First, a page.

Recently, we were reminded of the many benefits of ginger, a spice that some consider a health phenomena. Friends invited us over for lunch and served us their home-made pickled ginger and the taste brought back good memories. Our friends told us they eat it with every meal because it makes their stomach feel better. Ginger is well known to aid in digestion. So, we went looking for fresh Hawaiian ginger to duplicate their delicious recipe.
Ginger is an underground stem, a rhizome, in the same family as turmeric ('olena in Hawaiian) and cardamom. The plant has been used for centuries worldwide for its many health benefits. Though it contains nutrients like potassium, phosphorous, riboflavin, and vitamin C, ginger is gaining acclaim for its more exotic contents like zingibain, proteolytic enzymes, and its pungent phenol compounds (gingerols and shogaols). Zingibain is a protein-digesting enzyme like papain in papaya and bromelain in pineapple. But, a single gram of zingibain can tenderize 20 pounds of meat which is why it helps digestion. Ginger’s enzymes are also considered an effective anti-inflammatory and some people report good results using it to alleviate their arthritis symptoms and pain.
Besides aiding digestion, ginger is an antioxidant more powerful than Vitamin E. And like aspirin, it inhibits the same blood thickening enzyme, without the side effects. In 1980, a group of Cornell Medical school researchers published their findings in the New England Journal of Medicine that ginger inhibited the process of platelet aggregation. Ginger strengthens the heart muscle, lowers the serum cholesterol, and interferes with cholesterol biosynthesis. Ginger is also an analgesic (painkiller like aspirin), antibacterial, antiviral, antifungal, kills parasites, and counters nausea and seasickness.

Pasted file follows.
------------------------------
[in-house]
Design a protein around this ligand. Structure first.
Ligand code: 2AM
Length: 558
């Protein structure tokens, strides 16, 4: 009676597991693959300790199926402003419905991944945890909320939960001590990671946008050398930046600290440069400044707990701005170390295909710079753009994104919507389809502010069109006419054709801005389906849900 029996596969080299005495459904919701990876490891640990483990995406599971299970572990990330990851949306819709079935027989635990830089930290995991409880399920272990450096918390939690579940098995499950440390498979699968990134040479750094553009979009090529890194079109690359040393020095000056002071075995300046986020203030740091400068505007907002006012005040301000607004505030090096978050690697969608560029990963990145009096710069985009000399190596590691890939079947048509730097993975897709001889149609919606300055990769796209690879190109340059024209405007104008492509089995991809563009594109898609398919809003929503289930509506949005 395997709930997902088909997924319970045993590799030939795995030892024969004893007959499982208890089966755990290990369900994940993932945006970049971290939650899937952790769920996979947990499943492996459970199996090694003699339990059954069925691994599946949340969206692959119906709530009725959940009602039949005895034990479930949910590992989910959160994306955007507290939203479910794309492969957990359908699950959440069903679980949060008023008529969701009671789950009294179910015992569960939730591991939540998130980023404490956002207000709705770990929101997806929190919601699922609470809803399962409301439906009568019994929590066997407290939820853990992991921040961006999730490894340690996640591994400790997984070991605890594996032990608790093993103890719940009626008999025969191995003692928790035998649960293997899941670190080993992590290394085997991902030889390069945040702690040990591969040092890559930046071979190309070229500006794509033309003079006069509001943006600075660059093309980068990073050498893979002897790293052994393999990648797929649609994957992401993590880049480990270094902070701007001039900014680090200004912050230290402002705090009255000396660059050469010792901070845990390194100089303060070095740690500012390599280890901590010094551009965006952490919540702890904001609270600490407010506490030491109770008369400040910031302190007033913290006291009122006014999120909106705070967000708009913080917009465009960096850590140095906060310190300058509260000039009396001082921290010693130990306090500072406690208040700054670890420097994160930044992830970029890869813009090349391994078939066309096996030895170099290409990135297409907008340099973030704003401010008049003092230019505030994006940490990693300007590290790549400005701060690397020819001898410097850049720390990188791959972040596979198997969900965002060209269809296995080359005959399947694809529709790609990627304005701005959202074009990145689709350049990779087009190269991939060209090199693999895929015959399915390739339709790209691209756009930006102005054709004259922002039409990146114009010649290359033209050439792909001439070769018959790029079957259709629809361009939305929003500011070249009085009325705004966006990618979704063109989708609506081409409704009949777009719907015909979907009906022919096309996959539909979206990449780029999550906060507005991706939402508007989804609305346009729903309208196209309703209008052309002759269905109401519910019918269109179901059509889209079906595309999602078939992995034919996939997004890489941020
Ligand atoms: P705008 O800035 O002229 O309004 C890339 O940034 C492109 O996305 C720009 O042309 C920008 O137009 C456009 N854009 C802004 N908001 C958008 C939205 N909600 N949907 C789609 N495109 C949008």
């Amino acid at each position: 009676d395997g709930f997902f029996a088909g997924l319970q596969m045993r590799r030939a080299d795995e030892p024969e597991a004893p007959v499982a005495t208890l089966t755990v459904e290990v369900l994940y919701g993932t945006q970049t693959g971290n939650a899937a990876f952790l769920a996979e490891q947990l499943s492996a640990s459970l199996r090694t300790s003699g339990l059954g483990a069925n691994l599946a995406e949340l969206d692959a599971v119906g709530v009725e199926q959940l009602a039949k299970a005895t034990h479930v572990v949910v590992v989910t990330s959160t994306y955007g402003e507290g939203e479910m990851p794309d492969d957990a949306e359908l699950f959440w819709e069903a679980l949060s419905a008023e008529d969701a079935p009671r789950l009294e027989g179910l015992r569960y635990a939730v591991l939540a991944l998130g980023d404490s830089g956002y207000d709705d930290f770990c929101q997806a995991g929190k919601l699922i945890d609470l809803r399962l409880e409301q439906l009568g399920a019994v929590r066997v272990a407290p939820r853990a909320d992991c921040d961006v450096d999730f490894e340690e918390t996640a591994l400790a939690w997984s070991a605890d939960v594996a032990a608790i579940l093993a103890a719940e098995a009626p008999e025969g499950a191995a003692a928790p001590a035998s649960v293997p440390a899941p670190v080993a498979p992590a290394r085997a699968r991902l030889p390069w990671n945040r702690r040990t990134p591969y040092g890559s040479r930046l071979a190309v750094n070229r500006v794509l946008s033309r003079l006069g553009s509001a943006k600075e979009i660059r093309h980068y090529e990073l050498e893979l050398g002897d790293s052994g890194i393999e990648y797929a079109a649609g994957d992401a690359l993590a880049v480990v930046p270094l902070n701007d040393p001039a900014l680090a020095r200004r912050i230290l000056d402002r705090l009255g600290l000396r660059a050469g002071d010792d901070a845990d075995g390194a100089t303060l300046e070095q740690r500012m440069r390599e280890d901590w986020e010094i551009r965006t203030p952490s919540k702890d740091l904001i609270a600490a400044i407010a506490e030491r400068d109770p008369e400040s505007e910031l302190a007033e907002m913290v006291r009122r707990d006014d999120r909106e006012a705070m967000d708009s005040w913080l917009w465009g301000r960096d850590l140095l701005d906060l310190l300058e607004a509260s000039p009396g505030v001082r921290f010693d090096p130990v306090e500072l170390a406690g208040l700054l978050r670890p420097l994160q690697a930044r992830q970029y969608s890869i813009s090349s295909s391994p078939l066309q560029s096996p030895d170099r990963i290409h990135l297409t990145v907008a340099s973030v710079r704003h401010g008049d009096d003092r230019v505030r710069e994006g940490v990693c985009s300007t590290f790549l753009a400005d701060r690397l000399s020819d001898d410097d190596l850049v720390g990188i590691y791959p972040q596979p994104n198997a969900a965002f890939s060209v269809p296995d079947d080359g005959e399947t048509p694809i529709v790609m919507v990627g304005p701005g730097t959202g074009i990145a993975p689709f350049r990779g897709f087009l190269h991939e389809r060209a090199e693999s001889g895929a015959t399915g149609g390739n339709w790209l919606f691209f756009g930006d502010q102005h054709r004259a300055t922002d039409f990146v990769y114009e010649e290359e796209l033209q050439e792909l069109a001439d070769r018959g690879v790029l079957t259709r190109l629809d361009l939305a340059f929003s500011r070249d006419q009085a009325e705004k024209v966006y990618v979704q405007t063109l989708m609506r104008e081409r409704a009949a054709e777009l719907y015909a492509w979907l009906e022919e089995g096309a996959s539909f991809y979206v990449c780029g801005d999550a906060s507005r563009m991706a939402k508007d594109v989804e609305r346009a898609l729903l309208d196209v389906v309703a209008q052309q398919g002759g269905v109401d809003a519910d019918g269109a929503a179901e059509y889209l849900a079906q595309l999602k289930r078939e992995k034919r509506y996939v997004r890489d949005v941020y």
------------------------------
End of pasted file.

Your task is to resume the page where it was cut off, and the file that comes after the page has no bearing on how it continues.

We found fresh Hawaiian ginger in Kona’s COSTCO and bought a couple of pounds to make pickled ginger. Here is the recipe as told to us by our friend Bob:
Peel the ginger
Cut the peeled ginger into thin slices
Put the slices in a pan and cover them with rice vinegar
Add a cup of sugar (we used organic Maui cane sugar)
Heat until the liquid boils
Simmer until the liquid is clear
Quick-cool the ginger and liquid by setting the pan in ice water
Pour the ginger and liquid into a container and refrigerate
We started eating the ginger right away, but it gets better with age. After sampling our results, Bob told us we didn’t cook it long enough as the liquid was not completely clear. We could just heat it a bit more, but we are enjoying eating it the way it is. We like the gingery flavored liquid quite a bit and made “ginger beer” by adding some of it to Perrier water.
Living in Hawaii, it seems like every week we find a new incredible healing food to add to our diet .